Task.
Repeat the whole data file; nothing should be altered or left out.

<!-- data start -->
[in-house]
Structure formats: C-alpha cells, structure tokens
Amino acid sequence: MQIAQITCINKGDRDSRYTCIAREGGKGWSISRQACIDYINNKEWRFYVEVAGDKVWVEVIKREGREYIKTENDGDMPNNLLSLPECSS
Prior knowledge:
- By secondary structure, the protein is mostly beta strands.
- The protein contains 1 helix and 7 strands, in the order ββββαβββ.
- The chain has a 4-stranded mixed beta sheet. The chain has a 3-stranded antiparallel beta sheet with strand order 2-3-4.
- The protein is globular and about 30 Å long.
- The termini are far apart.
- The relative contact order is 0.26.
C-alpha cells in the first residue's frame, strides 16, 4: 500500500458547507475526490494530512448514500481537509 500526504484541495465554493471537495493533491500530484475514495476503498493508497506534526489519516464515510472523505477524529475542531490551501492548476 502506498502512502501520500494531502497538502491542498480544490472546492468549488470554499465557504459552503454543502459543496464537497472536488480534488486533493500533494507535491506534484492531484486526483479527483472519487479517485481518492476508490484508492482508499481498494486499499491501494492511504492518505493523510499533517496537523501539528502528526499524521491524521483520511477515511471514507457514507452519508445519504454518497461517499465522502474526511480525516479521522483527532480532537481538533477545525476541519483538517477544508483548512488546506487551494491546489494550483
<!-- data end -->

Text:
[in-house]
Structure formats: C-alpha cells, structure tokens
Amino acid sequence: MQIAQITCINKGDRDSRYTCIAREGGKGWSISRQACIDYINNKEWRFYVEVAGDKVWVEVIKREGREYIKTENDGDMPNNLLSLPECSS
Prior knowledge:
- By secondary structure, the protein is mostly beta strands.
- The protein contains 1 helix and 7 strands, in the order ββββαβββ.
- The chain has a 4-stranded mixed beta sheet. The chain has a 3-stranded antiparallel beta sheet with strand order 2-3-4.
- The protein is globular and about 30 Å long.
- The termini are far apart.
- The relative contact order is 0.26.
C-alpha cells in the first residue's frame, strides 16, 4: 500500500458547507475526490494530512448514500481537509 500526504484541495465554493471537495493533491500530484475514495476503498493508497506534526489519516464515510472523505477524529475542531490551501492548476 502506498502512502501520500494531502497538502491542498480544490472546492468549488470554499465557504459552503454543502459543496464537497472536488480534488486533493500533494507535491506534484492531484486526483479527483472519487479517485481518492476508490484508492482508499481498494486499499491501494492511504492518505493523510499533517496537523501539528502528526499524521491524521483520511477515511471514507457514507452519508445519504454518497461517499465522502474526511480525516479521522483527532480532537481538533477545525476541519483538517477544508483548512488546506487551494491546489494550483